First of all, this is just a great-looking site. It’s got a nice color scheme, with a bold primary color and a contrasting secondary shade that’s eye-catching without being eye-assaulting. Also, it performs well: the big blinking bits aren’t high-resolution images that need to be downloaded, but, rather, are created with CSS. (If you’re not familiar with web design lingo, that’s something to discuss with a designer.)
Moreover, the site’s simplicity is an important element of its branding. Cryptocurrency is, perhaps rightly, regarded as something complex and mysterious that only the technically knowledgeable can understand. However, BitLocation’s website, which almost looks like something you could build with lego, exudes a sense of elegance and refinement. This impression is maintained with clear, persuasive copy.
So, if your customers are worried that what you do is complex, maybe you should think about how to show it simply.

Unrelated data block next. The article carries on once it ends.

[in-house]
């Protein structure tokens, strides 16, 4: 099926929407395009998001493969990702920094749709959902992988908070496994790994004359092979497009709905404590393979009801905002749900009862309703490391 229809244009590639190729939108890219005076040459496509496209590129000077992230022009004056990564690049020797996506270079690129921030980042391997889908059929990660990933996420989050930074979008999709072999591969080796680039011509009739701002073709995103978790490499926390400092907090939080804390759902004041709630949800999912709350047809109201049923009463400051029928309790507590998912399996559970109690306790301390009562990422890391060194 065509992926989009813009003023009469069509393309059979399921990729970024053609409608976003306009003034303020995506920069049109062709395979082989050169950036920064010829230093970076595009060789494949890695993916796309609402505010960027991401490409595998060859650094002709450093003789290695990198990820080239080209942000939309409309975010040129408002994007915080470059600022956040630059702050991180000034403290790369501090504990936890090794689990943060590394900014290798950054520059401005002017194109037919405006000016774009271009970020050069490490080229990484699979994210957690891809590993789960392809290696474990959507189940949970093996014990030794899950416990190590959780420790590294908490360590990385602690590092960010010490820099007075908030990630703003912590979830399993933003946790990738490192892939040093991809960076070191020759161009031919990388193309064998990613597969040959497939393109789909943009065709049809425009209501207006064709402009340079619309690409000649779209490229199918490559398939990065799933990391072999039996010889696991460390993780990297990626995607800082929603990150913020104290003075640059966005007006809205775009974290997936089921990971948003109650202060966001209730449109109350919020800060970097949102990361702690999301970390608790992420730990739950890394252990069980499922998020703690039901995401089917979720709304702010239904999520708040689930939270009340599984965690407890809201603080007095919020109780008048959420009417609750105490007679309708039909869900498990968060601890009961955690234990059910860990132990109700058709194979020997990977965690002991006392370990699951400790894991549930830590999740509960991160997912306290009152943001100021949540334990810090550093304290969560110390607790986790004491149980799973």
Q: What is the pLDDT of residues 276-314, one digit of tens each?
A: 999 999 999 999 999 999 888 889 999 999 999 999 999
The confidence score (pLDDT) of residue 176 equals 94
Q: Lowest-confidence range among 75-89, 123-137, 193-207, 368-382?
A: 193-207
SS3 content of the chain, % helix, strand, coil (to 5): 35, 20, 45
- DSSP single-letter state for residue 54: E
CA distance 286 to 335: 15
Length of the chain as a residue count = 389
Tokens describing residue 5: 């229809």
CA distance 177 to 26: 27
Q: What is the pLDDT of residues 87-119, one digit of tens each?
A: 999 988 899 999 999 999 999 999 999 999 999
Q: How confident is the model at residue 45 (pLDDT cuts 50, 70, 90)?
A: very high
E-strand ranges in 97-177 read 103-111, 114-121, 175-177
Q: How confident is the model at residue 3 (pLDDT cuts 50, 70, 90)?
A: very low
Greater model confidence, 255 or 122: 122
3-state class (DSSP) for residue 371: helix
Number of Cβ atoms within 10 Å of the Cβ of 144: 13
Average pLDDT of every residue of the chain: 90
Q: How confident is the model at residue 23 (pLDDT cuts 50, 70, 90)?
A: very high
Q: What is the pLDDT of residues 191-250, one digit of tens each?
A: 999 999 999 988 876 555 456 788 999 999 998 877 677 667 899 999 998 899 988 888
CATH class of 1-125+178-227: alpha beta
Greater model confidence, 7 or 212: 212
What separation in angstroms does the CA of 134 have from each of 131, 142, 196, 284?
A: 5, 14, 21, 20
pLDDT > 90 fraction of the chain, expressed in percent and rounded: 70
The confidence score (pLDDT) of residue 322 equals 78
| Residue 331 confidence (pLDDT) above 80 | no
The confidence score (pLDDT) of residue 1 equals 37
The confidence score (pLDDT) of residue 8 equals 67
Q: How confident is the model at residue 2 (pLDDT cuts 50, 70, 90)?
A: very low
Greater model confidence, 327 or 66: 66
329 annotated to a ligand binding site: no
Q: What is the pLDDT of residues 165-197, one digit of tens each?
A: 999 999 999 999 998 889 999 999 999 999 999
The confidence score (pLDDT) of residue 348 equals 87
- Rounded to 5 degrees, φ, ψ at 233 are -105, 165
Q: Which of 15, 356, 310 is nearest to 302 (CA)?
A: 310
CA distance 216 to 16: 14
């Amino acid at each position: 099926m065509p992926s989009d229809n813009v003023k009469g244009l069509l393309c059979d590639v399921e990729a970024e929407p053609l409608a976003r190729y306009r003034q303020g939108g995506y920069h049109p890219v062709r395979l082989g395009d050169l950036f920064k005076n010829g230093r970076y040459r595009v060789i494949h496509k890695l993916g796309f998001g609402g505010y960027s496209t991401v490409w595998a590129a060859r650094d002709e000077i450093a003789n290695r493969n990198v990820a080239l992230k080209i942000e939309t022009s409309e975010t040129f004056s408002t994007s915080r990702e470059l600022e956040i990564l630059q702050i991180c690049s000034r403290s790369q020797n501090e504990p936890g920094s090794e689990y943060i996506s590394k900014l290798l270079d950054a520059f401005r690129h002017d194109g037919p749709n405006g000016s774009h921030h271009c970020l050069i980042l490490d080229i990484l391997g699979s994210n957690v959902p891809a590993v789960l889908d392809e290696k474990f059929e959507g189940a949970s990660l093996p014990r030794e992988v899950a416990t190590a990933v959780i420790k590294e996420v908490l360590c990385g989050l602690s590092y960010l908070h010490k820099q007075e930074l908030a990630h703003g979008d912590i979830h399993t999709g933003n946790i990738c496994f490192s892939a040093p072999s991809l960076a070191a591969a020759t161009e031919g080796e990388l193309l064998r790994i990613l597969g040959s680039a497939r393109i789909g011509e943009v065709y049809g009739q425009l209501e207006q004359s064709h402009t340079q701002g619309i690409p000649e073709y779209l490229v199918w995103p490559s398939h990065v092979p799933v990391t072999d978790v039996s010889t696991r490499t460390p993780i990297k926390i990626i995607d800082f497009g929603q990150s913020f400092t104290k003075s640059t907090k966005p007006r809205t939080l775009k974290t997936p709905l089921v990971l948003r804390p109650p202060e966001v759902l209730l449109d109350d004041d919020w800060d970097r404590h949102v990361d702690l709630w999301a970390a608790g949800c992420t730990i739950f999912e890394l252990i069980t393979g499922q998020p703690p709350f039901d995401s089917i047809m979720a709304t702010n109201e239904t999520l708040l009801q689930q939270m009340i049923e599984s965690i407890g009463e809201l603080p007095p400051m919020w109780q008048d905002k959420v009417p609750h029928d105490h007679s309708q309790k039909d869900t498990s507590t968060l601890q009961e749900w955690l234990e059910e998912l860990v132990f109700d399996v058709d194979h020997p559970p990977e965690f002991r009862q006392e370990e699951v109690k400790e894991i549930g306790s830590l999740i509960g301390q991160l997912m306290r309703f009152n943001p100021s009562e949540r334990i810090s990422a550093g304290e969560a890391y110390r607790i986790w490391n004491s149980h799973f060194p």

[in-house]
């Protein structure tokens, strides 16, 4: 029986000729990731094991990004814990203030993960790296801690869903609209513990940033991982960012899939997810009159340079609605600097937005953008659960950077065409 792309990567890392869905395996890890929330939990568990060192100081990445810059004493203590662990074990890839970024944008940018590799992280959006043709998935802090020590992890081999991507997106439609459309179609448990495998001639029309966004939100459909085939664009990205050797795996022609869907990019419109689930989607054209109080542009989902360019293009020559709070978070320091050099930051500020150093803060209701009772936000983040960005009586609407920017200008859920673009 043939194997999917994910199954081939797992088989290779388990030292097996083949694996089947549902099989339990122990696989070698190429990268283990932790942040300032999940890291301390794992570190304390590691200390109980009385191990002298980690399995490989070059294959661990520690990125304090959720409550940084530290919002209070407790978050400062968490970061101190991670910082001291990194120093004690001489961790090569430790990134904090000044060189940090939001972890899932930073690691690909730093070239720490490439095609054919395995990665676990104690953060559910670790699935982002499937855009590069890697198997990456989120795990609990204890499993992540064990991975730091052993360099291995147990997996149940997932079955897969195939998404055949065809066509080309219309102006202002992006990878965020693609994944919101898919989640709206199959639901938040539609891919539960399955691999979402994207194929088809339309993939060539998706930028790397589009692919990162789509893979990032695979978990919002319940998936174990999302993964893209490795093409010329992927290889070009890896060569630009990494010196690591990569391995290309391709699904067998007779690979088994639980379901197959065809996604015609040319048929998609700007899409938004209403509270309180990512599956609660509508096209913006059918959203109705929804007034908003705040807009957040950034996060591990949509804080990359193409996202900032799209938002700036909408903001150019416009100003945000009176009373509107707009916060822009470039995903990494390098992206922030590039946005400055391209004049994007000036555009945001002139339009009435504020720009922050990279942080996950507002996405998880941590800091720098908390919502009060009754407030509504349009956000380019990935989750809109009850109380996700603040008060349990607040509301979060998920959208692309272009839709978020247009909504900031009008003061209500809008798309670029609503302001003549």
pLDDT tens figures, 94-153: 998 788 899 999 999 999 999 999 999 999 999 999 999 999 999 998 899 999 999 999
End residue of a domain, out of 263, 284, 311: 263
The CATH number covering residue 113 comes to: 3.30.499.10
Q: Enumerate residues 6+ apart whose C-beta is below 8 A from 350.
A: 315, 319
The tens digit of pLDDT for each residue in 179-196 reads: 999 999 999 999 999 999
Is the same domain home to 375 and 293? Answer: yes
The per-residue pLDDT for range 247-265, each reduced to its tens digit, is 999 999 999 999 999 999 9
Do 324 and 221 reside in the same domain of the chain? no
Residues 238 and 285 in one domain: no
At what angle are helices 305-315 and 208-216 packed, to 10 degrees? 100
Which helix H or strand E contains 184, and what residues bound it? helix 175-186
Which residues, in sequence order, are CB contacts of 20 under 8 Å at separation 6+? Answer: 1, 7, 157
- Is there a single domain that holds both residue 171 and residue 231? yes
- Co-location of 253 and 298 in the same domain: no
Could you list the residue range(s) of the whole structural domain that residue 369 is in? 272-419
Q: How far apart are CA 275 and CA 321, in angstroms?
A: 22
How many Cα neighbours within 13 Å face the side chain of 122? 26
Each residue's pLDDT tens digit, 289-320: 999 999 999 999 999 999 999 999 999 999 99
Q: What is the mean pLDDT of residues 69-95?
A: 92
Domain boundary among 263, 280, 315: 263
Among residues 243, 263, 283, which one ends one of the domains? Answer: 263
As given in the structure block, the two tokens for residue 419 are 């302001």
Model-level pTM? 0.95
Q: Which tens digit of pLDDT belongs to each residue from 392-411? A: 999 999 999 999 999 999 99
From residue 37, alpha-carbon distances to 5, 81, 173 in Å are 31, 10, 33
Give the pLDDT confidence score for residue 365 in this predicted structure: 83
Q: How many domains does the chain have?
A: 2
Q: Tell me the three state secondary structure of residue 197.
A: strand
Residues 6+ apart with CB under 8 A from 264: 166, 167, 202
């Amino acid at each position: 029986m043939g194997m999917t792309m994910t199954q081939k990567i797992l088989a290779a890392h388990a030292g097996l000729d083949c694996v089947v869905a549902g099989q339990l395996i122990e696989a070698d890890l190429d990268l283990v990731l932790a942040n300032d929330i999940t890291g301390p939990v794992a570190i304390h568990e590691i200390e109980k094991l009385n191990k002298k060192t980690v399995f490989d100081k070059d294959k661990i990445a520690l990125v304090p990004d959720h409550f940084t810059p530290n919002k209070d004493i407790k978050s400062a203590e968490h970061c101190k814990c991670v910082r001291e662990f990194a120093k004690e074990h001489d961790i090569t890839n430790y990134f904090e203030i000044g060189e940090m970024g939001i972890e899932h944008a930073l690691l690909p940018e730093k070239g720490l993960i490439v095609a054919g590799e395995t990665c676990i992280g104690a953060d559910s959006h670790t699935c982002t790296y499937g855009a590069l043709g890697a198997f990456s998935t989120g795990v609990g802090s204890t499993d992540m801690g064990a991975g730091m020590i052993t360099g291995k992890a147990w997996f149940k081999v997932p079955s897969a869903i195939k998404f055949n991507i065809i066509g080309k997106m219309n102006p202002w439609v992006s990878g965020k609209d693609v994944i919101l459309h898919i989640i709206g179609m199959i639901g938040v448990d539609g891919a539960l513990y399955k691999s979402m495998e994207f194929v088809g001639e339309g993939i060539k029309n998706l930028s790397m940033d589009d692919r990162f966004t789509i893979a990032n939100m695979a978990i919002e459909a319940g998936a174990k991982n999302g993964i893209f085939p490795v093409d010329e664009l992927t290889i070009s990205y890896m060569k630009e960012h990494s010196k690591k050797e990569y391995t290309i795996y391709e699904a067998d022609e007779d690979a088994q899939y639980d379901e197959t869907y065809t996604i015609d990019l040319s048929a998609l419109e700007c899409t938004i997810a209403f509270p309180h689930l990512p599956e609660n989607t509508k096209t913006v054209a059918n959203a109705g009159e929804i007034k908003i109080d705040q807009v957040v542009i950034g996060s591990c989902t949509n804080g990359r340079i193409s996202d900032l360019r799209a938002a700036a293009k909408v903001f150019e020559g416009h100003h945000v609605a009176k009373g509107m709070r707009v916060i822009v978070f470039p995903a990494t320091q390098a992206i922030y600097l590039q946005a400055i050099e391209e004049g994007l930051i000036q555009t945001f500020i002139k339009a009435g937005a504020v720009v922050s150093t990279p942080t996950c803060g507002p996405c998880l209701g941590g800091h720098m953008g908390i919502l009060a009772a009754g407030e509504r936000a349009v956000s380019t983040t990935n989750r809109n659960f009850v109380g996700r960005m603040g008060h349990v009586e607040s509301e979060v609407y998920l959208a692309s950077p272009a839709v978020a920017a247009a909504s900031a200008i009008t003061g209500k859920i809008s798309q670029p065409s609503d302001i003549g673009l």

This Vietnam-based company has a difficult sales proposition. They sell caving adventures that cost thousands of dollars to tourists who have probably never set foot in Vietnam. And, unlike, say, a Himalayan trekking company, most people aren’t visually familiar with the landscape being sold as part of the product.
Oxalis solves this problem right upfront, with animated banners that instantly evoke a sense of adventure. As soon as you view their website, before you're done reading the first bit of copy, you’ve seen adventurers crossing rock outcroppings, and you’ve seen them immersed in underground rivers, and you want to be one of those people. You’re sold.